Category: Writing


When talking with the Year 6 Team recently about proofreading, editor’s marks and marking children’s writing in general I brought up the idea of “the edge of knowing”. This something I picked up from a workshop with either Kath Murdoch or Kathy Short.

The idea behind “the edge of knowing” is that, when marking student work, teachers focus only on one or two elements that the student is almost doing. For example, say a student is starting to include dialogue in their writing but does not use speech marks to show that it is dialogue, then the teacher should mark that and maybe one or two other things – maximum! They should then use that as an opportunity to work with that student, and maybe others who are doing something similar.

Not only is this approach much more empowering for students who may be turned off writing by the constant appearance of a page full of corrections, it is also much more time-effective and focused way for teachers to formatively assess student work.

Do you use an “edge of knowing” approach when marking writing?

Could you see how this approach may be helpful in your practice?

Image by Vadim Balakin
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This video contains two clips from reading conferences in 4NB. By involving the students in assessing their own work using the Writing Continuum, Nicky has empowered these two students to think about and discuss who they are as writers. The second clip shows that teachers often need to help students to make the connections between what they would normally say about their writing and the language of the writing continuum.

There is a question at the end of the video. It would be wonderful to hear about your approaches to getting students really involved in the assessment of their writing…

“Unless ideas are massaged into reality, they evaporate” Alan Fletcher

But, how do we capture our ideas?

In Year 6, every student has a “Bubblecatcher” in which they write notes, quotes, checklists, ideas and questions. It’s basically just a notebook, but it’s one they have been and bought themselves. The cool name comes from a guest speaker and author, who also happens to be a parent of a kid in Year 7!

I would like to put together a video to feature how people in the school use notebooks. If you’d be willing to say a few words and share your notebook briefly on this video, please let me know.

In the meantime, please comment and tell us how you catch your bubbles!!!

Something exciting happened this week. James Forsythe, from Phuket International Academy, has been reading the 6SS Class Blog. He noticed some similarities between what our 6SS have been thinking about and what his Grade 3/Year4 class have been thinking about. Both classes have been looking at wisdom and trying to understand what it means. He showed this posting from the 6SS blog to his students and used the 6SS students thinking to take his students’ conversations further:

Read the comments to see how the students’ thinking develops and to see where James adds his students’ thinking to the conversation.

James then sent through some photos to show the process he took his students through to arrive at their interpretations of what wisdom is.

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This kind of cross-pollination of thinking using a blog doesn’t happen that often, but it’s great when it does. Has it happened to you? I am always happy to help people work on their blogs to make them work better as learning tools.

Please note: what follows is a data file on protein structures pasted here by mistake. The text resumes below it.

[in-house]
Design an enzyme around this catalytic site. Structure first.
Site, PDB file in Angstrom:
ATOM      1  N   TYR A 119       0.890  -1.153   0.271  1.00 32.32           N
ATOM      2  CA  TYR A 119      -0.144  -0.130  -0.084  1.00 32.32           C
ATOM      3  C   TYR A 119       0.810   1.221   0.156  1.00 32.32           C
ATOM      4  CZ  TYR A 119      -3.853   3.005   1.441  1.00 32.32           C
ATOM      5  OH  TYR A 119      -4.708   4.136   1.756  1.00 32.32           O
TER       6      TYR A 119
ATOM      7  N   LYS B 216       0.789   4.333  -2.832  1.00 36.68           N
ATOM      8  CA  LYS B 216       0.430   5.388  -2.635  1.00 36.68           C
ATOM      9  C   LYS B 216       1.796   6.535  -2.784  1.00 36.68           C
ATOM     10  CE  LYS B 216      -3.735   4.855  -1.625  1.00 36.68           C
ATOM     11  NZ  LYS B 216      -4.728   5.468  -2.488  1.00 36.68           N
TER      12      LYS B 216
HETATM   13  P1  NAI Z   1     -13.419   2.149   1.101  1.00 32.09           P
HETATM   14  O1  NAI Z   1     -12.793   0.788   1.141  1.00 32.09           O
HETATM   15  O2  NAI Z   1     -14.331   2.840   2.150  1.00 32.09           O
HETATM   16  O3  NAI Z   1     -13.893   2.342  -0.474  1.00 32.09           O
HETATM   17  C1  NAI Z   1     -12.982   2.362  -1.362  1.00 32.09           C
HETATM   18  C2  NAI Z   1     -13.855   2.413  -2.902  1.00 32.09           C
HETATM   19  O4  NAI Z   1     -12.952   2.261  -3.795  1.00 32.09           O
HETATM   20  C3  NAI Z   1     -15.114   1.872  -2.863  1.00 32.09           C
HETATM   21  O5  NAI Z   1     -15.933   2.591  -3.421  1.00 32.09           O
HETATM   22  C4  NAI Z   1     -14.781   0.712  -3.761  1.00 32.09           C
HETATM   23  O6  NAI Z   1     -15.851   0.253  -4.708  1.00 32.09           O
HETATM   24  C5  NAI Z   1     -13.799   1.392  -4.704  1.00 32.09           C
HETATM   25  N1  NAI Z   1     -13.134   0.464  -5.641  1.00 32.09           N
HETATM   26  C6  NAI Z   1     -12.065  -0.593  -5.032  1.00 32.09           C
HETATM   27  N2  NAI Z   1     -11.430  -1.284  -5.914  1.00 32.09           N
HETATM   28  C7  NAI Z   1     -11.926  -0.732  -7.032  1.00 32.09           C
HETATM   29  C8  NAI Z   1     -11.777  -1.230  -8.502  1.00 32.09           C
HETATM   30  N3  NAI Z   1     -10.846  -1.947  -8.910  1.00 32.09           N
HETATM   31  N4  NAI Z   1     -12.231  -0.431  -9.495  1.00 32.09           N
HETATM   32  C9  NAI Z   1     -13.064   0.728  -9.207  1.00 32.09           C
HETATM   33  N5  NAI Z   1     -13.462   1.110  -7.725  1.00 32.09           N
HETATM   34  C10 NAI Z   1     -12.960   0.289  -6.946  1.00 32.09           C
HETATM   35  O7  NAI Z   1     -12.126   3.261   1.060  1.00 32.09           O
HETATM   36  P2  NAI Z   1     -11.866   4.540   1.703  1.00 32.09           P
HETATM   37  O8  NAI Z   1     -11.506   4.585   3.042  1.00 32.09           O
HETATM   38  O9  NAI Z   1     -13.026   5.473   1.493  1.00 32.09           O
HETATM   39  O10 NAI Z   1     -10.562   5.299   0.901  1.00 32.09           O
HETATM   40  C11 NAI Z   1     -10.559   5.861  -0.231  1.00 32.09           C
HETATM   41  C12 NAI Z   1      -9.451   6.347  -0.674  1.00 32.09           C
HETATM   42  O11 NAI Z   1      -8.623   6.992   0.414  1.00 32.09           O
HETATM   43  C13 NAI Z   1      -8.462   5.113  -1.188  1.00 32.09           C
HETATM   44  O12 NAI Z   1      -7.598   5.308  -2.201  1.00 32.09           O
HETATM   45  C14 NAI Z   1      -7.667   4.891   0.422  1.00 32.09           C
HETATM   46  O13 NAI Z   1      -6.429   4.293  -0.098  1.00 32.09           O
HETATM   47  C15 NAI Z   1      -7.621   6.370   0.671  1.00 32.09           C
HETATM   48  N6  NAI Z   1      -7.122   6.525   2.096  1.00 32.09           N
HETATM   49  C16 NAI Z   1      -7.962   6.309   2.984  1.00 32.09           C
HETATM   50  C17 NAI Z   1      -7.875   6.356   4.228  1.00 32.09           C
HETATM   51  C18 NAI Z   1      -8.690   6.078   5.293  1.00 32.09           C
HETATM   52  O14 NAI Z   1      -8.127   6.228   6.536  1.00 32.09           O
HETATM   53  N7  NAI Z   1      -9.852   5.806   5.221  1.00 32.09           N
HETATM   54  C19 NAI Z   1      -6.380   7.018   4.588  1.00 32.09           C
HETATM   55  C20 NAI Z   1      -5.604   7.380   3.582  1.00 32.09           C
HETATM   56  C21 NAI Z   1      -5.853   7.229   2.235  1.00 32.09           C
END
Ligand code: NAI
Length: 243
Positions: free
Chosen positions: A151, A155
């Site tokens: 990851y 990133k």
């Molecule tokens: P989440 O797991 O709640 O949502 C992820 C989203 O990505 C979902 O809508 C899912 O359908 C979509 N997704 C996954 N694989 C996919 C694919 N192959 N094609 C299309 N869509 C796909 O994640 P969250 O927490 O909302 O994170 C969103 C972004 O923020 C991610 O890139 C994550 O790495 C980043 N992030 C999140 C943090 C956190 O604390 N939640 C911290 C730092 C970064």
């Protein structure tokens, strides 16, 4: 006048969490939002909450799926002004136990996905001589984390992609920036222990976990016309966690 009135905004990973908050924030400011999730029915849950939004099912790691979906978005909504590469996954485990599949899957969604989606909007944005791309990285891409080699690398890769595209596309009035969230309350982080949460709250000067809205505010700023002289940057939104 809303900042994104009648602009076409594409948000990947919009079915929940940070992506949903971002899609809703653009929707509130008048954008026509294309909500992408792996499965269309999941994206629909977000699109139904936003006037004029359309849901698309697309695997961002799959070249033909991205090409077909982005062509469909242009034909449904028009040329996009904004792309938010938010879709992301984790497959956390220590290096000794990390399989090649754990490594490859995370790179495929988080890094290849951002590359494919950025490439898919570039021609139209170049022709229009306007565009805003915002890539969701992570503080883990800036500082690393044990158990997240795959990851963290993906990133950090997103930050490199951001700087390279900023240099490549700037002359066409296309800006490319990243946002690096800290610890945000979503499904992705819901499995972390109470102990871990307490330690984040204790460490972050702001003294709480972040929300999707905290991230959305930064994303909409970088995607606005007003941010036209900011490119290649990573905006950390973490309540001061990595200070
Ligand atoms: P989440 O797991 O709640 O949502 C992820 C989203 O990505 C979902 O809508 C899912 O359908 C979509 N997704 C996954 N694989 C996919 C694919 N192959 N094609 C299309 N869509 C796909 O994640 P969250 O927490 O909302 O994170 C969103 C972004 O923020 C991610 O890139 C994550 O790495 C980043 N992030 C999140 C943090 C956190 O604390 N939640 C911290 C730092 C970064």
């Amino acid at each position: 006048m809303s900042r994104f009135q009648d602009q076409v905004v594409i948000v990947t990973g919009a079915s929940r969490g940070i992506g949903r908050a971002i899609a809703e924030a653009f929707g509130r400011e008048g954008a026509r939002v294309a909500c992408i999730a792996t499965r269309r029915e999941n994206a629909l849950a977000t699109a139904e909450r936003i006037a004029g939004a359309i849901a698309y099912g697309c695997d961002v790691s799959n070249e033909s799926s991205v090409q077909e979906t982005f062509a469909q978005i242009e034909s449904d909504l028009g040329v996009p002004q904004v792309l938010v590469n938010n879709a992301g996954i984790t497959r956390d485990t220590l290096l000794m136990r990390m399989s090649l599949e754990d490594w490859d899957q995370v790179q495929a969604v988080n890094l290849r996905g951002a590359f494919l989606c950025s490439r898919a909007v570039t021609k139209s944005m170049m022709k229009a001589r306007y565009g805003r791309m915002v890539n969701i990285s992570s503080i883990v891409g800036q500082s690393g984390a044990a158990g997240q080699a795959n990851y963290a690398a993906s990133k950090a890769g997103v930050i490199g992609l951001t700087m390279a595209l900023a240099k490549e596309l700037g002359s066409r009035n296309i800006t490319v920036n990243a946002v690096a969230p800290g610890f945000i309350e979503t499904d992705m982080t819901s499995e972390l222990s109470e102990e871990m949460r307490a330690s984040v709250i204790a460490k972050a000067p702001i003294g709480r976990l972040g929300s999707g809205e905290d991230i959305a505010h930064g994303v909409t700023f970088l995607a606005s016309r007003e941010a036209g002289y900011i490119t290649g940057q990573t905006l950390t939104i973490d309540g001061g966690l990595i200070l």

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EY2MI students are taking a book home to read with their parents at the moment. It is a very special book because they wrote it!

Using themselves as the main characters, familiar things like clothing and colours and repeating patterns this book not only empowers these students to feel like authors but they are also able to read what it says. Brilliant!

Which conceptual understandings is Ruby working towards here?

Listen to the way these students explain what they are doing and invite other people into their learning by being so articulate, expressive, honest and confident. Which conceptual understandings are these kids displaying?

This is Elmarie’s class blog. She has embedded a Wallwisher page as a way of collecting her students’ thinking. She is asking parents to speak to their children about school and get them to tell them what they enjoyed most about school this week. Then, the parents “post a sticky” on the wall to share what their kids said. How cool is that?

This is a wonderful posting by Cristina Milos on a collaborative blog put together by Edna Sackson, both regular visitors and commentors on Art of Language.

The reason I have put it on here is because, although it is primarily about inquiry and taking students beyond the facts, it is also very rich in language and in the use of language to unlock and deepen student-thinking. It encapsulates the sentiments that all of our teaching teams expressed about language as a “vehicle for inquiry”.

Click on the image to get to the posting. Please feel free to comment either on here or on the posting itself.

Technology is great. But, there’s only a few technology innovations that really do open up a myriad of possibilities that cannot be done easily on a bit of paper or with other, more traditional methods!\

Voicethread is one of them.

Click on the image above to read an outstanding article about Voicethread and to get loads of ideas for how Voicethread could be used in your teaching.

 

 

In every school I’ve worked in, there’s been a couple of unique weird spellings that have somehow evolved in that school. Here, the one that has become really obvious to me is “alot” instead of “a lot”.

How does this happen?

What weird, but fairly consistent, spellings do you come across?